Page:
Last Friday the Kansas City Star's Faith Walk section featured a meditation on abusive exercises of religion, written by Thad Wilson.  The article captured well a common objection to Christianity, that being, that oftentimes the organized or established Church (or churches) leverage their collective authority to propagate doctrine and dogma that leads to voilence, hatred, bigotry, exclusion, and oppression.  Wilson, like so many who find harmful expressions of religion difficult to understand, expresses his deep dismay.

    Wilson's article, entitled "No Matter What Religion Says, God Loves All," is a personal, heart-felt column that captures well the struggles faced by those within religious traditions who see their own tradition abused.  Wilson expresses his deep frustrations with those who hate (by his own definition) in the name of God.  Wilson names himself as a Christian, and expresses the conviction on the part of those inside and outside Christianity that Christians should be kind, accepting, compassionate, and marked by love.  When Christians fail to do this, Wilson is tempted to no longer identity with his own tradtion.  He finds it that shameful.

    Wilson writes:

    So when I hear or see good Christian people use their culturally biased beliefs to emotionally harm, control or attempt to destroy other people, I don’t want to be a Christian. I’m thinking in particular of a certain sect that enjoys destroying the sanctity of a funeral and has won several legal battles to make their despicable practice possible. I know these people aren’t mainstream Christians, but they are seen by the world as part of my religious movement.

    It is rather obvious that Wilson is speaking of Fred Phelps and the Westboro Baptist Church, a convenient foil for those who are opponents of organized religion in general, and Christianity in particular.

    However, the question should be asked, from whence does Wilson's sense of injustice come from?  On what basis does he denounce their protestations of homosexuality?  He states at the beginning of his article, "I believe in a God who is loving, compassionate and caring of all creatures, even those whose beliefs are very different from mine."  But this is not enough, for it does not acknowledge from whence that belief has come.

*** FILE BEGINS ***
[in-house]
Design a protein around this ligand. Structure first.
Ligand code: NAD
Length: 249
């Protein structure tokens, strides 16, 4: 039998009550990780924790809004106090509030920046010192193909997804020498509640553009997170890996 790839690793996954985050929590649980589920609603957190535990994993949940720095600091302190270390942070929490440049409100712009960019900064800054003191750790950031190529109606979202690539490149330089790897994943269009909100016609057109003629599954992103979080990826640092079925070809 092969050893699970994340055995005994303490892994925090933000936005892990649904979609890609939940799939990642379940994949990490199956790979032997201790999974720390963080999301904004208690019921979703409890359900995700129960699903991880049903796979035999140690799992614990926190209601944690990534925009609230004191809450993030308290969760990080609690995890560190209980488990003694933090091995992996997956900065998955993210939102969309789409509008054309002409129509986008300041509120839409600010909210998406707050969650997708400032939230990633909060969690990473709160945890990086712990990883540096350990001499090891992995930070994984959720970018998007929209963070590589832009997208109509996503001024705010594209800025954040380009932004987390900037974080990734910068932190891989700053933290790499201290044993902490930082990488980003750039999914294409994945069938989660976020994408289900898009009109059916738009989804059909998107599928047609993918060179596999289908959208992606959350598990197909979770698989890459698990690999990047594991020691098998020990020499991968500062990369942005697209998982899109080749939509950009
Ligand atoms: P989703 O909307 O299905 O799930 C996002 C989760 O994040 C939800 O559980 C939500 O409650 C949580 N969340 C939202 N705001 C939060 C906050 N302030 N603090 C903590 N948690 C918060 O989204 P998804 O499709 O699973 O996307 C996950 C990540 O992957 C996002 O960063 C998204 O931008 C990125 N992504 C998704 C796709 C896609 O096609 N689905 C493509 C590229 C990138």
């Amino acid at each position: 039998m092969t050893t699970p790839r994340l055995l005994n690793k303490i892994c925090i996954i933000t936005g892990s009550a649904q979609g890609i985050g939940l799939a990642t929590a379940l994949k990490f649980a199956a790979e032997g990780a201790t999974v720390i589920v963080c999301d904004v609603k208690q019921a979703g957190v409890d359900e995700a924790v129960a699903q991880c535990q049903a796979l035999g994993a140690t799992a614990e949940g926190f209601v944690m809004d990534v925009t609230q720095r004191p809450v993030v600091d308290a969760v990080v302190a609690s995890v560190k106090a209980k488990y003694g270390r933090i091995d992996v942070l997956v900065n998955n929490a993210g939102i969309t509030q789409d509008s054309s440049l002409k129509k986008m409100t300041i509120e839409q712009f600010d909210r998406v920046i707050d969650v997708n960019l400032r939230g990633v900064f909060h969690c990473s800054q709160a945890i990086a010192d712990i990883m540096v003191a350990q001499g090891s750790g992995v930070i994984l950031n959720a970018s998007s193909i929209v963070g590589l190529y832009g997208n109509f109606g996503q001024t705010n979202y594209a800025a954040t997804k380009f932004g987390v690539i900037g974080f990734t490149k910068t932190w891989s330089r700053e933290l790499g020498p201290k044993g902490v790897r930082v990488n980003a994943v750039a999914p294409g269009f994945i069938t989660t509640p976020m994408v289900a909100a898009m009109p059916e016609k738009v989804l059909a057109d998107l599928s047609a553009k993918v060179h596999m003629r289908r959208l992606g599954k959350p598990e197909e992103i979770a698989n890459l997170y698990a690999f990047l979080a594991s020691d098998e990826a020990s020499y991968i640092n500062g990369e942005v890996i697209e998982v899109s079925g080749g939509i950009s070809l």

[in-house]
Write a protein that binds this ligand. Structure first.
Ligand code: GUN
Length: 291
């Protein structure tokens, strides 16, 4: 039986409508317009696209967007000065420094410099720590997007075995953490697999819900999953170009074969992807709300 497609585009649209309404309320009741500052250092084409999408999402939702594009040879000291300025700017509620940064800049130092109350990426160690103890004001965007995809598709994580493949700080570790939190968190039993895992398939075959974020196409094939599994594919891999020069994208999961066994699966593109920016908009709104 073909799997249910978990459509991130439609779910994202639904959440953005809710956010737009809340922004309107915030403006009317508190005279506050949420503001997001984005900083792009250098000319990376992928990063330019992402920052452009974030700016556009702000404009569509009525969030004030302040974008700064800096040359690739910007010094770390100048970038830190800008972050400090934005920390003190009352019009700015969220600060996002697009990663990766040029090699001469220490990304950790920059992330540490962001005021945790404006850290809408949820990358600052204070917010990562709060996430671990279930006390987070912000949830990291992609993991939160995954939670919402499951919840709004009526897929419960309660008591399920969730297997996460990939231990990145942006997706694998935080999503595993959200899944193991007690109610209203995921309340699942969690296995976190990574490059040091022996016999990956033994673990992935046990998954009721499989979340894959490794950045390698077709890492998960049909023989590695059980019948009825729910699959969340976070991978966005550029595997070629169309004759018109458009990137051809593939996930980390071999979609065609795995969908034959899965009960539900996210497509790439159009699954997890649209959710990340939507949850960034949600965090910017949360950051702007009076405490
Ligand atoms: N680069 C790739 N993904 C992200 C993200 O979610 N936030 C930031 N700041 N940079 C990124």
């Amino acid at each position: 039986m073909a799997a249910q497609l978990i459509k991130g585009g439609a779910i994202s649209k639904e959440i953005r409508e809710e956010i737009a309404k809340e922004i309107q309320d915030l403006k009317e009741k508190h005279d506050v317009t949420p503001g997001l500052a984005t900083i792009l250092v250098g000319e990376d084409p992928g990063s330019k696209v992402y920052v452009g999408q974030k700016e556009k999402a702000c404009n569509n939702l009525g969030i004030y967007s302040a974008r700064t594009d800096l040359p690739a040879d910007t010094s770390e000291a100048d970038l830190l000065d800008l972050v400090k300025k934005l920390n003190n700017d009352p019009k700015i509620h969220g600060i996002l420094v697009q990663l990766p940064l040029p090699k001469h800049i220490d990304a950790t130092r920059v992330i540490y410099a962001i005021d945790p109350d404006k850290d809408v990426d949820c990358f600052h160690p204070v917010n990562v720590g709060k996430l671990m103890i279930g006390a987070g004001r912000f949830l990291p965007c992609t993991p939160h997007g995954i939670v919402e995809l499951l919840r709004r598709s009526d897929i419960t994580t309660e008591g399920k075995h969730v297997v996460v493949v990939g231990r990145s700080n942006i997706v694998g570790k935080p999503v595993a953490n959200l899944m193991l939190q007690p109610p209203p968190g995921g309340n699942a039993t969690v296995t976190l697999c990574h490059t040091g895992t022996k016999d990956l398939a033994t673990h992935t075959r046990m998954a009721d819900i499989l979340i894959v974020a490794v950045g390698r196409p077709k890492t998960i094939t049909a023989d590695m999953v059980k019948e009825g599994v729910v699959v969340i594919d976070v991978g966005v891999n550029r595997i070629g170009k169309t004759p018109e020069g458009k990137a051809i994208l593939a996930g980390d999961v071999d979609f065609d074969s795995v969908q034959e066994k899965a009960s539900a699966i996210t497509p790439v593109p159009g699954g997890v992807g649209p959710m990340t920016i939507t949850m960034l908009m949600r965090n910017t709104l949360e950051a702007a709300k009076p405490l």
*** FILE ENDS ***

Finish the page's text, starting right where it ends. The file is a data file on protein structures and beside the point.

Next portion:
In objecting to oppressive expressions of religion, Wilson denounces those who use "their culturally biased beliefs to emotionally harm, control, or attempt to destroy other people".  But in doing so, he assumes that he is able to speak from nowhere.  Others may have "culturally biased" beliefs, but his convictions are neutral of such influences.

    Wilson states:

    There are days when everywhere I turn I am confronted by those willing to use religion to destroy others. On those days, I have to turn to my personal faith in a God who loves everyone and away from organized religion that silently sanctions this abuse of spirituality.

    Wilson fails to recognize that his ability to denounce harmful expressions of religion stem not from his deeply held personal convictions, but from the source of those personal convictions, "organized religion" itself.  The Christian tradition provides a deep well to draw from, and is its own best defense against perverted expressions of the faith.  When aberrant groups like the Westboro Baptist Church proclaim "God Hates Fags," Christians are able to likewise turn and say, "No".  They are able to say things like, "God demonstrates his own love for us in this: While we were still sinners, Christ died for us"(Rom. 5:8).

    While I too regret when fellow Christians speak and act in a way that is violent, or do harm to our fellow human beings, rather than showing forth the love of God, I am unable to disown "organized religion" or the Christian tradition itself.  I must concede that my ideas about a loving God come from within the Christian tradition, and have so permeated Western culture that the conviction that they derive from within my own "personal belief" is an illusion, a failure to recognize the consistency of the water that I swim in.

    The great thing about being part of a tradition is engaging in debate and dialogue concerning what belongs within the tradition, and what should be excluded.  I don't want to retreat from such a calling, but rather embrace it.  By doing so, I make the tradition itself stronger.  I inform a body, a group, and help them as a whole to better identify their own calling, and also to live in to that calling as a loving, caring body of people who witness to Jesus Christ.  I do not, then, represent only my convictions, but the convictions of an alternative polis, a "beloved community," a "new creation" that encompasses not only individuals, but an entire way of being the people of God in the world.